2005 Salt Lake City Annual Meeting (October 16–19, 2005)

Paper No. 9
Presentation Time: 8:00 AM-12:00 PM


ASIM, Muhammad, Geology, Kent State Univ, McGilvrey Hall, Kent, OH 44242 and ECKSTEIN, Yoram, Department of Geology, Kent State Univ, 221 McGILVREY HALL, LINCOLN AND SUMMIT STREETS, Kent, OH 44242, masim@kent.edu

The Peshawar Basin and its surroundings in the Himalayan foreland fold-and-thrust belt of northwestern Pakistan are experiencing a total stress of 90 MPa resulting from the Cenozoic India-Eurasia collision. Our study program was undertaken to investigate the relationship between fluid flow and tectonic stresses. The study area extends from Main Karakoram Thrust (MKT) and Main Mantle Thrust (MMT) in the north, though Main Central Thrust (MCT) and Main Boundary Thrust (MBT) in the center to Salt Range Thrust (SRT) in the south. Abundant springs with normal and anomalously high temperatures are present in the northern part of the study area. The southern part is divided into isolated basins with a number of drilled wells and dug-wells. A total of 71 springs and water wells were surveyed and sampled to analyze major and trace elements.

At several of the sampling sites, analyzed water compositions, measured water temperatures, and calculated reservoir temperatures, all point to waters that are anomalous in both chemistry and temperature. Water samples from one shallow well and three deeper wells, all located in the immediate vicinity of major thrust zones (MMT and MBT), demonstrate clear imprints of admixture of oil-brines. Hydrochemical signatures of strontium (Sr), silica (SiO2), boron (B) - and the geothermometric signatures - all indicate a deep circulation of the emerging groundwater. Remarkable clustering of all the thermal and hydrochemical anomalies along the major mapped faults suggests that the anomalous waters ascended along these faults from greater depths.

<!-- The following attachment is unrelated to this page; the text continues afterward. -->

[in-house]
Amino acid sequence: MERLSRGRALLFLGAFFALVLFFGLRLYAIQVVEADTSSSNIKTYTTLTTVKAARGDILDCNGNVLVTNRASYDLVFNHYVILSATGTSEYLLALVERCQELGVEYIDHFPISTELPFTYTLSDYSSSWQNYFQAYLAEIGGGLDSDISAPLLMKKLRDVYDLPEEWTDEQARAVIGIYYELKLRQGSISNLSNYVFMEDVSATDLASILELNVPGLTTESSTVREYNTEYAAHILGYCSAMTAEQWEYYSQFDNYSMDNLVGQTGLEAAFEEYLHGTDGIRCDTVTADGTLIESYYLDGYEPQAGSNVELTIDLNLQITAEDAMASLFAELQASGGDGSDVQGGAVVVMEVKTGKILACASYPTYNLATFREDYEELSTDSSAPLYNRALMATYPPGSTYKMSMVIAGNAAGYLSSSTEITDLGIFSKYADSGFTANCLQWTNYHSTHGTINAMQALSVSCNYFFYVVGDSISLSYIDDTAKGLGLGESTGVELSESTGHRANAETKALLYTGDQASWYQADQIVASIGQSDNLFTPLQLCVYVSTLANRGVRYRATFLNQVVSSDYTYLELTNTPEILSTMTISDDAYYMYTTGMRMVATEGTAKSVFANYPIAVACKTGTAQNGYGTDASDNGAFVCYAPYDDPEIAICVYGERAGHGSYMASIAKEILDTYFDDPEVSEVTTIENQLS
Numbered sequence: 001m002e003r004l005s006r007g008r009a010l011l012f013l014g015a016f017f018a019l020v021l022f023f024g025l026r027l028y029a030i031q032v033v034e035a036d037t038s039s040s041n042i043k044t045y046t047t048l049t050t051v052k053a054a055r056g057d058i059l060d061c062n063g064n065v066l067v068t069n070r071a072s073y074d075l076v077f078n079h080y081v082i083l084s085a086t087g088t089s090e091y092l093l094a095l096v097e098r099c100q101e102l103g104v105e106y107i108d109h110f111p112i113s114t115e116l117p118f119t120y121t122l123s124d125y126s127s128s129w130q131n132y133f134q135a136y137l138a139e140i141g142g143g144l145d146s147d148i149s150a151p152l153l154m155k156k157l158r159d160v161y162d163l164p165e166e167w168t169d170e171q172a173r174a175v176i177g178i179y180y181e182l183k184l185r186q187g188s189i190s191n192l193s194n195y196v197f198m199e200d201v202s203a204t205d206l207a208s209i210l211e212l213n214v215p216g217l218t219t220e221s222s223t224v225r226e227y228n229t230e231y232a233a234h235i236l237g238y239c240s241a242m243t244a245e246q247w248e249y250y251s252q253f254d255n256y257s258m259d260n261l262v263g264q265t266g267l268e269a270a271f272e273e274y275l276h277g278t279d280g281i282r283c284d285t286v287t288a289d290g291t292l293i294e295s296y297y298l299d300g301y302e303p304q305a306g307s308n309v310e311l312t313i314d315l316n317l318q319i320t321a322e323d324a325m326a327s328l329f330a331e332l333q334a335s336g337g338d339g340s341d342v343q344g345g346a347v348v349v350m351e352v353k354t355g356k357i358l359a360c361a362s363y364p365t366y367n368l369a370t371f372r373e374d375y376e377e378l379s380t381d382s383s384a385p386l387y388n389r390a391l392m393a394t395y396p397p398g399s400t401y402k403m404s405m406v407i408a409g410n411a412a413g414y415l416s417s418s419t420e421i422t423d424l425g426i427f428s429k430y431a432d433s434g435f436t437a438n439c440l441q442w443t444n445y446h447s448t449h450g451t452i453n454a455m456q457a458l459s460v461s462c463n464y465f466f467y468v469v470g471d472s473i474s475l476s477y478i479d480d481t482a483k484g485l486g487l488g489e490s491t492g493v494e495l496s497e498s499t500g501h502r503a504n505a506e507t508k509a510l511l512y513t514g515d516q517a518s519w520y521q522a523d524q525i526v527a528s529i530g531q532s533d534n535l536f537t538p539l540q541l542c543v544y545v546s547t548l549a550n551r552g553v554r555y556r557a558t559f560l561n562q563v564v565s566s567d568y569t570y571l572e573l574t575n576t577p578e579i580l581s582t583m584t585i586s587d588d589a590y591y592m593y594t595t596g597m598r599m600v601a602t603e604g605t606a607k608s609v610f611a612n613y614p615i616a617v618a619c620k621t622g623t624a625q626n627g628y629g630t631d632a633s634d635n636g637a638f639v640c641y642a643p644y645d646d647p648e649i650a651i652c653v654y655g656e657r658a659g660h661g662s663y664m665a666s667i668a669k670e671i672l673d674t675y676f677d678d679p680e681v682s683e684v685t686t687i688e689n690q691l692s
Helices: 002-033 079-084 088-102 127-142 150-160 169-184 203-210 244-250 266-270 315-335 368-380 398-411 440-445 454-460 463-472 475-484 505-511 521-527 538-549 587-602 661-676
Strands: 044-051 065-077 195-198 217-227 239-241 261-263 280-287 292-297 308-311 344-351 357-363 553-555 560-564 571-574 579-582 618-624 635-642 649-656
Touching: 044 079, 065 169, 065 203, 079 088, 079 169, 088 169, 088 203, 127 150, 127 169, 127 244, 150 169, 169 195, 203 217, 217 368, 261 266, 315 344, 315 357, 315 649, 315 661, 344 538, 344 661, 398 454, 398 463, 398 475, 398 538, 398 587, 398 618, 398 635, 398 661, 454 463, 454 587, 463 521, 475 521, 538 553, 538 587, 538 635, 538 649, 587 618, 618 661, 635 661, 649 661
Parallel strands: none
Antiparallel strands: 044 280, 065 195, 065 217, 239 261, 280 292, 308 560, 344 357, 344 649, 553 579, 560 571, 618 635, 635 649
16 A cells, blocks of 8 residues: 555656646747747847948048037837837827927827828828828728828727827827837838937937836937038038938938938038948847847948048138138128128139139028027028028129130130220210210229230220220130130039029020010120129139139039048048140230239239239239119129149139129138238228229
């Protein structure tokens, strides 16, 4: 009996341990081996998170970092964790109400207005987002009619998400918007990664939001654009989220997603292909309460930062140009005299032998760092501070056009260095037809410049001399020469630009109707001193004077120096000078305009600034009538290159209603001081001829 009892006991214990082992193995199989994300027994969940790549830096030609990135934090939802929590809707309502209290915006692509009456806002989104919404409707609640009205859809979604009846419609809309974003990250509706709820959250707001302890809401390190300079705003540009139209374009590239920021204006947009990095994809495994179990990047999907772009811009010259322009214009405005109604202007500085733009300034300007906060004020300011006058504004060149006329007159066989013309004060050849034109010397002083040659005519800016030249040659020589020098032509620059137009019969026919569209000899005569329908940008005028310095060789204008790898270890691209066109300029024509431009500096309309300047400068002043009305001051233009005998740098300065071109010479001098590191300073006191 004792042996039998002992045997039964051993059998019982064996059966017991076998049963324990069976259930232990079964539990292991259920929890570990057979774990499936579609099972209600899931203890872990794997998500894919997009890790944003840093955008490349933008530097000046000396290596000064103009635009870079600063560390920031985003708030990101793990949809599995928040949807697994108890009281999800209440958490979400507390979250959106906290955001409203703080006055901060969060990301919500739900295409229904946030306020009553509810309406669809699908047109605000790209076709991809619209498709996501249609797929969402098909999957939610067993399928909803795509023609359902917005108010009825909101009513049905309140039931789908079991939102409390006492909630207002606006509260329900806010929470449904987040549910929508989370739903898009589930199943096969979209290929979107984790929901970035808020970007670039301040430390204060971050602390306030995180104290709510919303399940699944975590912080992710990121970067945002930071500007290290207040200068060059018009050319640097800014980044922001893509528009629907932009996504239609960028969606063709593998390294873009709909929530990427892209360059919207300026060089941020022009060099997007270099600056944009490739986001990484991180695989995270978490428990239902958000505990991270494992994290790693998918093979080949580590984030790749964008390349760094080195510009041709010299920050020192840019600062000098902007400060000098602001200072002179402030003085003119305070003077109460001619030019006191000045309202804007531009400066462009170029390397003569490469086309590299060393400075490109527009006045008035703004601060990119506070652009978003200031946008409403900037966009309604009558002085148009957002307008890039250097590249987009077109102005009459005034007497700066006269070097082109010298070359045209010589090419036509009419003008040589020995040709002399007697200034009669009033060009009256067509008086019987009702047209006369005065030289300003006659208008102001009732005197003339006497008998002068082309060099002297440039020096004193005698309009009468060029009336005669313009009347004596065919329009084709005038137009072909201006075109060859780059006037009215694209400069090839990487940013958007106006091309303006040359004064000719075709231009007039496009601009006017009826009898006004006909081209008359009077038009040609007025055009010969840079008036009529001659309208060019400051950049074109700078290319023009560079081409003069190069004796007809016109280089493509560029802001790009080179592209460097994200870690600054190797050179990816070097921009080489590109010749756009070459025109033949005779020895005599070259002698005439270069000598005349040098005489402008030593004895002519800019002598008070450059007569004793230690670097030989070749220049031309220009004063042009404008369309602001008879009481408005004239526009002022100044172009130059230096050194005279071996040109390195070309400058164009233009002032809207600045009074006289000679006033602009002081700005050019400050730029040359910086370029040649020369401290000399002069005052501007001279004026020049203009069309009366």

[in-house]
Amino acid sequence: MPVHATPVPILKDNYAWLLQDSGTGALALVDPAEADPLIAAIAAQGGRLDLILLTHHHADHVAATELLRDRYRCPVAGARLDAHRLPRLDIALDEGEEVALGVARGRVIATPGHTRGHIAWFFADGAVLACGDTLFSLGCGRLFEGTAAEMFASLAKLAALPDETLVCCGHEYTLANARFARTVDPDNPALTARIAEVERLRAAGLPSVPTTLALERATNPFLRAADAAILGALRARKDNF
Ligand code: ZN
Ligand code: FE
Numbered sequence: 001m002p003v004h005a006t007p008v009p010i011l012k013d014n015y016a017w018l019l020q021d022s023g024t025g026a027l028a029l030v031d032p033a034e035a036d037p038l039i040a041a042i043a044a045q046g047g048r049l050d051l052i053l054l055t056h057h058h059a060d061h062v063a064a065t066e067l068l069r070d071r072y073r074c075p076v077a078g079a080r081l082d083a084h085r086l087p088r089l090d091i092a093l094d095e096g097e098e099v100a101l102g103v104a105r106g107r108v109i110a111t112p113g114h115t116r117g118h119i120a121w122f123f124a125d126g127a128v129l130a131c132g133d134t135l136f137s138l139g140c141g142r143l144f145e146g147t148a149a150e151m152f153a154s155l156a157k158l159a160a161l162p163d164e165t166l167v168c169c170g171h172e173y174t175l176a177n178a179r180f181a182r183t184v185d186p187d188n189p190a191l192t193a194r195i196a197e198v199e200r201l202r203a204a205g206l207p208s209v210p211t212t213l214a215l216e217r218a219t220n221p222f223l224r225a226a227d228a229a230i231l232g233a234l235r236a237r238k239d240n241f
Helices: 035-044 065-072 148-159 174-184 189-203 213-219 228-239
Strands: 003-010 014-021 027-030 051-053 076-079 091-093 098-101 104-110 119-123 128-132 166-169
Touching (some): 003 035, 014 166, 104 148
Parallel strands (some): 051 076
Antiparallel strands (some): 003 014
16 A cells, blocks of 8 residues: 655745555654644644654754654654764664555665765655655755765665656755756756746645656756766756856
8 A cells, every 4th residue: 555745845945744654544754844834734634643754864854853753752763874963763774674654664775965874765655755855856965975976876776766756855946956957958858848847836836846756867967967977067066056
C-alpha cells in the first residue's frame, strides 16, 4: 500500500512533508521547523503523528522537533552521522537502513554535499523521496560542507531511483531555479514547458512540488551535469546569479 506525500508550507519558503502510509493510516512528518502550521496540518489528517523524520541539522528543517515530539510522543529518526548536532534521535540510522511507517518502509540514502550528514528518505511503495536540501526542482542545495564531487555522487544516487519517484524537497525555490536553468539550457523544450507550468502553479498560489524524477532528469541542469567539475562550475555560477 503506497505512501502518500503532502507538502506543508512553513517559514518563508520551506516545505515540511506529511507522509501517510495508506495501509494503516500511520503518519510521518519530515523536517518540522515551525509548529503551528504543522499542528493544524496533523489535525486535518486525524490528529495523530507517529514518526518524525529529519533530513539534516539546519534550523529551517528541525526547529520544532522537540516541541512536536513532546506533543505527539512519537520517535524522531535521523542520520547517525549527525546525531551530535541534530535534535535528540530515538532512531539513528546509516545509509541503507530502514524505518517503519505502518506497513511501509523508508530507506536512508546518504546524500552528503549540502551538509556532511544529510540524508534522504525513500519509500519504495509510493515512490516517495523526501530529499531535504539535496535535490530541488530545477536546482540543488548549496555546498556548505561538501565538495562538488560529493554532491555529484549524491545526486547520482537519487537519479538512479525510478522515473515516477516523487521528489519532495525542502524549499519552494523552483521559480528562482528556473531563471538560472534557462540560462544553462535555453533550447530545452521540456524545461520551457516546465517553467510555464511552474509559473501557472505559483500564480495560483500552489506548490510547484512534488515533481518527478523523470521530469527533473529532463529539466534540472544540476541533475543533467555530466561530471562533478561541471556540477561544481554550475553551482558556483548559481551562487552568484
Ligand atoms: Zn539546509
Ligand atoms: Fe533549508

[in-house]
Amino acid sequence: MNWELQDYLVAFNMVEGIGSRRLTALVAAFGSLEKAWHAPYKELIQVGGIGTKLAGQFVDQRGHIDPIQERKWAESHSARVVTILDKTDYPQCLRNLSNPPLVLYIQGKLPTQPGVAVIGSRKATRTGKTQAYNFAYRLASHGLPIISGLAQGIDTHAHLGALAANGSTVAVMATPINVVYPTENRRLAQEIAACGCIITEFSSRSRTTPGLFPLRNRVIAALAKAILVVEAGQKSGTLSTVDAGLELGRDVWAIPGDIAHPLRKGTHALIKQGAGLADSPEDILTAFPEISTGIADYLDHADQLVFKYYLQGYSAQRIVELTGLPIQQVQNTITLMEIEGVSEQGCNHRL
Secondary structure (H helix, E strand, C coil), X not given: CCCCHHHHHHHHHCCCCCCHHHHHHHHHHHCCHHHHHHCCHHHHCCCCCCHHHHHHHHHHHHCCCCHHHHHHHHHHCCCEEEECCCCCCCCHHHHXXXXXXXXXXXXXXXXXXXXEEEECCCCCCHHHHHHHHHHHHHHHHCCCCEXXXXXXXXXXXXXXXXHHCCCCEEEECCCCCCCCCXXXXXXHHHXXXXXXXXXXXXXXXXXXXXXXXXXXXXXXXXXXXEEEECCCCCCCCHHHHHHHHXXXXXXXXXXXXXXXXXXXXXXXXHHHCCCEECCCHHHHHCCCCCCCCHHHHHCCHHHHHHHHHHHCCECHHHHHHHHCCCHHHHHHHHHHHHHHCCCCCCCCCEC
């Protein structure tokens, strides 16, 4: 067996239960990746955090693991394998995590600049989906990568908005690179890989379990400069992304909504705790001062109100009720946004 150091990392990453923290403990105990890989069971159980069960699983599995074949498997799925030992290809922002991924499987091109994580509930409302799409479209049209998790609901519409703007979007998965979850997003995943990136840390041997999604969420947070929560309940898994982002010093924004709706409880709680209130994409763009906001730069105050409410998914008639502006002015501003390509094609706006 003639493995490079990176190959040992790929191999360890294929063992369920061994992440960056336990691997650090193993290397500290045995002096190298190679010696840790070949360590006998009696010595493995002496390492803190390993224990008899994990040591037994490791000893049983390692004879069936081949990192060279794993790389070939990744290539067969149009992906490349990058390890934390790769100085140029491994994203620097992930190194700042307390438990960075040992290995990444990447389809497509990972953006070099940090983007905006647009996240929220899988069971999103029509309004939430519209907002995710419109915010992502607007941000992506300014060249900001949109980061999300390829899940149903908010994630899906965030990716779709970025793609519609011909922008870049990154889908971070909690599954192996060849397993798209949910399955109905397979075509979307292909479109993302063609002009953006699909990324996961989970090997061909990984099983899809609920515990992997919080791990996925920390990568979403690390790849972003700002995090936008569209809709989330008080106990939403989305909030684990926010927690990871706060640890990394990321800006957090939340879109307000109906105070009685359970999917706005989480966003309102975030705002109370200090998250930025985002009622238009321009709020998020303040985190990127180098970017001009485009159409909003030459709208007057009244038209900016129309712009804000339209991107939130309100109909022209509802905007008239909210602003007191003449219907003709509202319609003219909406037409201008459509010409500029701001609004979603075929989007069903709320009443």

The basin has been divided into several hydrostratigraphic units to perform numerical simulations using FEMWATER module of GMS (v 5.1). The numerical model is being used to simulate both, deformation and induced fluid flow. Input parameters for the model include recharge, discharge, bulk compressibility of the media and ramping structures to incorporate tectonic compression. The ultimate objective of the numerical simulations is an attempt to distinguish between topography-driven and tectonically induced flow. The results from both simulations will be compared with the field measurements of hydraulic heads to see the extent - if any – of positive residuals, signifying pressure excess over the topography-driven hydraulic heads.